#4 - You cannot criticize what you do not know - If you read some of the reviews, you will see 1 star from people that are not verified as purchasing the book. I assume they read an article or watched a talking head to make their definitive conclusion about this book. Do you really want to be that shallow? I will defend your right to hold this belief… but only if you read it first. I am smarter for gaining a greater understanding of how African Americans have fundamentally shaped our nation, and you will be too.
In closing I will say this: if HNJ wanted to design an experiment that would prove systemic racism still exists in our society, I’m not sure she could have created a better one than publishing the 1619 Project and watching the reaction to it.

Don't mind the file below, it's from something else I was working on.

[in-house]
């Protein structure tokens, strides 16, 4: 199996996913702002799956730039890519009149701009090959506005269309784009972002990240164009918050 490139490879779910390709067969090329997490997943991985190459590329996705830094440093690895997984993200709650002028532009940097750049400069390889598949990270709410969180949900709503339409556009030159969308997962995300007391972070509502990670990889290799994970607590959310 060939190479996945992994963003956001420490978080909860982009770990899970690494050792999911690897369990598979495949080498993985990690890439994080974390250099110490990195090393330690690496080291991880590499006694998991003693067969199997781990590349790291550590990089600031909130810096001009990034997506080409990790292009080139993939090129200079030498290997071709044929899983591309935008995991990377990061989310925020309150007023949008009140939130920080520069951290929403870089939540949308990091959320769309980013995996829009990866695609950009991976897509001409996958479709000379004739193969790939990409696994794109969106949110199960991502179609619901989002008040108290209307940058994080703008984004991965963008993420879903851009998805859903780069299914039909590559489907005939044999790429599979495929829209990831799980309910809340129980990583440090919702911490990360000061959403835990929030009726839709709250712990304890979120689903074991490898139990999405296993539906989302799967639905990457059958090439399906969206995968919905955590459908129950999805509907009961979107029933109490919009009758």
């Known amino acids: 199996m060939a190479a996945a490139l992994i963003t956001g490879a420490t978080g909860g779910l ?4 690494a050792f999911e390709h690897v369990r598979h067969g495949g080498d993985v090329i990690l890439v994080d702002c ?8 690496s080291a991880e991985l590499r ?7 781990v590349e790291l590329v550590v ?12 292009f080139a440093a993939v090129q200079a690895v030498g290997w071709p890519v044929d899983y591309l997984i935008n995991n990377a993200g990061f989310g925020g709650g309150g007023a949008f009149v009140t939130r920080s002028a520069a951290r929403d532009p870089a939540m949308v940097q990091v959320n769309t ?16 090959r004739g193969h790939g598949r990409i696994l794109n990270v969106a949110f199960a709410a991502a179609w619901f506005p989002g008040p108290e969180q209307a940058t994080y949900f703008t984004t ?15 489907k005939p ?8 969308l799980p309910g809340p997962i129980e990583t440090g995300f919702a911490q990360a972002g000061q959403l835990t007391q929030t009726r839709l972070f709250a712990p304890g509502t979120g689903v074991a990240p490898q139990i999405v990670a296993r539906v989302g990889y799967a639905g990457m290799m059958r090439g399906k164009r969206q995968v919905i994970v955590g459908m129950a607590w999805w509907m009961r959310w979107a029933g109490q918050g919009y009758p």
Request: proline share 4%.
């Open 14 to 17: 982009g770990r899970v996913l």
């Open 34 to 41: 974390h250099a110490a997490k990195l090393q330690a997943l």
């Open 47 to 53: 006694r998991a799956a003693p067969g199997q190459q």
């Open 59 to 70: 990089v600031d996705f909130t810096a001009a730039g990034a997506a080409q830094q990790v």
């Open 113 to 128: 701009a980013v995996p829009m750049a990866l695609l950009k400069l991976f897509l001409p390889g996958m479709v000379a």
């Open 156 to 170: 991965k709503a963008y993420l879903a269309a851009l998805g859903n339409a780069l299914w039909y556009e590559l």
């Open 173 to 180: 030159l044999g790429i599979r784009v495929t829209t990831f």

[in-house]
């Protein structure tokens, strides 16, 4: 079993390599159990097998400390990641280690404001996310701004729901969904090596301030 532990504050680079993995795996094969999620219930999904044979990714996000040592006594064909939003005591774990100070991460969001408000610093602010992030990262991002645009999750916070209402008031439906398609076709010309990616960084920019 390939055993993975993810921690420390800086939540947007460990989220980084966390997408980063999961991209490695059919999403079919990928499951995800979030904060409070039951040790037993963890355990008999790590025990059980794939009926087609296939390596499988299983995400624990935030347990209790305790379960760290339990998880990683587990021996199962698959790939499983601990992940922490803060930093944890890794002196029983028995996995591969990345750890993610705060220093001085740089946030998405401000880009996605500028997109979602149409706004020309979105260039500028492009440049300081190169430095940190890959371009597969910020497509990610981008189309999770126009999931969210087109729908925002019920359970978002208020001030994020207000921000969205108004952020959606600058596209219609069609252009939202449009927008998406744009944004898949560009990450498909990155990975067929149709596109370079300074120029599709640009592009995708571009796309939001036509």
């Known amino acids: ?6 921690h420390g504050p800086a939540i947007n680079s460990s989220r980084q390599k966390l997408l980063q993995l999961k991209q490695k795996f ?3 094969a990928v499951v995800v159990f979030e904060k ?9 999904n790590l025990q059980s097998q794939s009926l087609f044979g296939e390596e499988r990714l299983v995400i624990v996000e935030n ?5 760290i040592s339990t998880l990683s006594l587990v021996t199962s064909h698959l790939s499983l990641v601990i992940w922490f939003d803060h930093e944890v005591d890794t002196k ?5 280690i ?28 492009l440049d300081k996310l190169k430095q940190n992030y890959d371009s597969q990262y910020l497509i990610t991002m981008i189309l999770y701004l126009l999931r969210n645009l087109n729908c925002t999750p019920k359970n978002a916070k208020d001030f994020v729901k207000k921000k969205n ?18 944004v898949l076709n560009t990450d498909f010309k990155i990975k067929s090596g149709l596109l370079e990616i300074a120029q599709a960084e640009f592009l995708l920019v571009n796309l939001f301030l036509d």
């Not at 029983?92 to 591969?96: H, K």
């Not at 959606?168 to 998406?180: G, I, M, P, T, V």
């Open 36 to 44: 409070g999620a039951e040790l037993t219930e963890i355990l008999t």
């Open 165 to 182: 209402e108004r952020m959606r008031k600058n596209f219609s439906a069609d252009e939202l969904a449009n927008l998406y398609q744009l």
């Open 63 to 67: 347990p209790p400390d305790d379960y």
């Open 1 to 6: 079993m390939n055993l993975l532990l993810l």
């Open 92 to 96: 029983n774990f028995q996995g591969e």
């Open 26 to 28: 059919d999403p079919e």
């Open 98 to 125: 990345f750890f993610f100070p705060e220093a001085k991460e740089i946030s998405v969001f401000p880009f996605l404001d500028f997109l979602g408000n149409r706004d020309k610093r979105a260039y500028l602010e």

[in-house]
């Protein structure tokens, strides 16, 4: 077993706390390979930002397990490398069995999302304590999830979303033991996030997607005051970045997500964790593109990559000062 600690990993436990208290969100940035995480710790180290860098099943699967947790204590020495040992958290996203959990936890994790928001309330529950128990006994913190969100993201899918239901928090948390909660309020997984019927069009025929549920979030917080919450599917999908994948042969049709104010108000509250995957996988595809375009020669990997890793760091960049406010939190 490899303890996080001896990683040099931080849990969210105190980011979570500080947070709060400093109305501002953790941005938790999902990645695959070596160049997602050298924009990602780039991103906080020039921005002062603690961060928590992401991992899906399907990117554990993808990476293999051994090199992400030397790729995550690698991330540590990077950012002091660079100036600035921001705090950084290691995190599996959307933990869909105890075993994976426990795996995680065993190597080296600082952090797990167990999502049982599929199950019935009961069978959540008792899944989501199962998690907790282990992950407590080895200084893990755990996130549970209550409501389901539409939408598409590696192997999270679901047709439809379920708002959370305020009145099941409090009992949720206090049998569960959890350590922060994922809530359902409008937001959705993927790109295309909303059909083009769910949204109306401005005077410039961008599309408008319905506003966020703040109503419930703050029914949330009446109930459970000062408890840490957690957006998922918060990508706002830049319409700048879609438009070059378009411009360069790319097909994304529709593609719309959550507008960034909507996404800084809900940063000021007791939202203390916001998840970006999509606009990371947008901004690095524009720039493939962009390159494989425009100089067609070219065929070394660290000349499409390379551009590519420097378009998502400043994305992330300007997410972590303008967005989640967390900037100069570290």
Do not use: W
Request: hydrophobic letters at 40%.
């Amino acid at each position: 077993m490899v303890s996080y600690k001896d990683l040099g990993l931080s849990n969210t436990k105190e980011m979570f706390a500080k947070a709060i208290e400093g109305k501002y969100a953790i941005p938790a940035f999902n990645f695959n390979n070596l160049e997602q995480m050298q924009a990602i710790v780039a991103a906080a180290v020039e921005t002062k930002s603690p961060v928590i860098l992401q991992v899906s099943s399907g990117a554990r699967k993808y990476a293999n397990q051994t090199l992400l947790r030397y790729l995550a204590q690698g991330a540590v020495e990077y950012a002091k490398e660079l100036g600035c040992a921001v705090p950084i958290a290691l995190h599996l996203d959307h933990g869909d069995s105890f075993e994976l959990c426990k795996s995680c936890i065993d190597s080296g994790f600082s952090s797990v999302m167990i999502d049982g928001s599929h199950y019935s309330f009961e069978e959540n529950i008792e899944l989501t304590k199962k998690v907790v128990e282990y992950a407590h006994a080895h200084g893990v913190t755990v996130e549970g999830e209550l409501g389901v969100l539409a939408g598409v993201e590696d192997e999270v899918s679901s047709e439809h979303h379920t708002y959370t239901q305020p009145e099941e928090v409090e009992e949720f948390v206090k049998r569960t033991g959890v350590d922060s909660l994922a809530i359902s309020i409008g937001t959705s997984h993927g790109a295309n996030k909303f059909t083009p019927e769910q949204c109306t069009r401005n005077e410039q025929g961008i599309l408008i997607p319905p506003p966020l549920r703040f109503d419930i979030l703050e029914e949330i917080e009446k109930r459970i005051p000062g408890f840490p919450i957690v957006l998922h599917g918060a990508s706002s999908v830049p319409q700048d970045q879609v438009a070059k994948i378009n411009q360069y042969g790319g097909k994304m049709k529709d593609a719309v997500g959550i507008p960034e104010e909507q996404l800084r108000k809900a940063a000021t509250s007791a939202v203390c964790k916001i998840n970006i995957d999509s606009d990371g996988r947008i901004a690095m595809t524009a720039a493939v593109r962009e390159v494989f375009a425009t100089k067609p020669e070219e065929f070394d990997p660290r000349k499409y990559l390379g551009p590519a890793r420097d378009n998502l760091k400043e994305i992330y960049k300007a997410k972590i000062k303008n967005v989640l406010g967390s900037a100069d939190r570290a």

It's history told from a different perspective.
Completely valid, entirely overdue.
Photographs, poetry, essays, fiction.
I can't tell you enough how much I value having all of this content compiled in one volume.
Burn this book, it will destroy your natural mind and replace it with construct.
Top reviews from other countries
This book should be on every high school book shelf in North America, particularly in the USA where the revisionist version of white history telling is far too prevalent. Jones has done a great service to all of us with this brilliant piece of work.
This structure has been restored and designated by our government as an historical site. It is a church built by slaves who escaped from the curse of slavery in the US. Never forget that it is our, imperfect country, that was the final destination of the "Under Ground Railway" Furthermore in the 1830's slavery was abolished in Great Britain and it's colonies of which at the time we were one.
Really great read.